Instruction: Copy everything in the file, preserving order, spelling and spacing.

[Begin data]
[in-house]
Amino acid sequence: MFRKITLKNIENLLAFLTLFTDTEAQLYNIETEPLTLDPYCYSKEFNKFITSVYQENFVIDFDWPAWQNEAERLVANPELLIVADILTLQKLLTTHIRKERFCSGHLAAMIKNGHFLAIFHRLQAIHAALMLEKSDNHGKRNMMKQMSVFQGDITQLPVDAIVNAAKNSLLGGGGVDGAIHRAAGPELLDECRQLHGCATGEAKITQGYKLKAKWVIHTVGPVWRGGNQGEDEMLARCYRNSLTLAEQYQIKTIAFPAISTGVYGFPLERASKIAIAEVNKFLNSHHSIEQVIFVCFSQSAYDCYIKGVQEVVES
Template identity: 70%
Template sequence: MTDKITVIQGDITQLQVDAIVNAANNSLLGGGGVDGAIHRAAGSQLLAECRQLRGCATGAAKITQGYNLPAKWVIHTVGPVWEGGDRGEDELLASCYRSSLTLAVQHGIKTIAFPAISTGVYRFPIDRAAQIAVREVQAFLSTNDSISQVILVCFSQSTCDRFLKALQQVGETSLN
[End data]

[in-house]
Amino acid sequence: MFRKITLKNIENLLAFLTLFTDTEAQLYNIETEPLTLDPYCYSKEFNKFITSVYQENFVIDFDWPAWQNEAERLVANPELLIVADILTLQKLLTTHIRKERFCSGHLAAMIKNGHFLAIFHRLQAIHAALMLEKSDNHGKRNMMKQMSVFQGDITQLPVDAIVNAAKNSLLGGGGVDGAIHRAAGPELLDECRQLHGCATGEAKITQGYKLKAKWVIHTVGPVWRGGNQGEDEMLARCYRNSLTLAEQYQIKTIAFPAISTGVYGFPLERASKIAIAEVNKFLNSHHSIEQVIFVCFSQSAYDCYIKGVQEVVES
Template identity: 70%
Template sequence: MTDKITVIQGDITQLQVDAIVNAANNSLLGGGGVDGAIHRAAGSQLLAECRQLRGCATGAAKITQGYNLPAKWVIHTVGPVWEGGDRGEDELLASCYRSSLTLAVQHGIKTIAFPAISTGVYRFPIDRAAQIAVREVQAFLSTNDSISQVILVCFSQSTCDRFLKALQQVGETSLN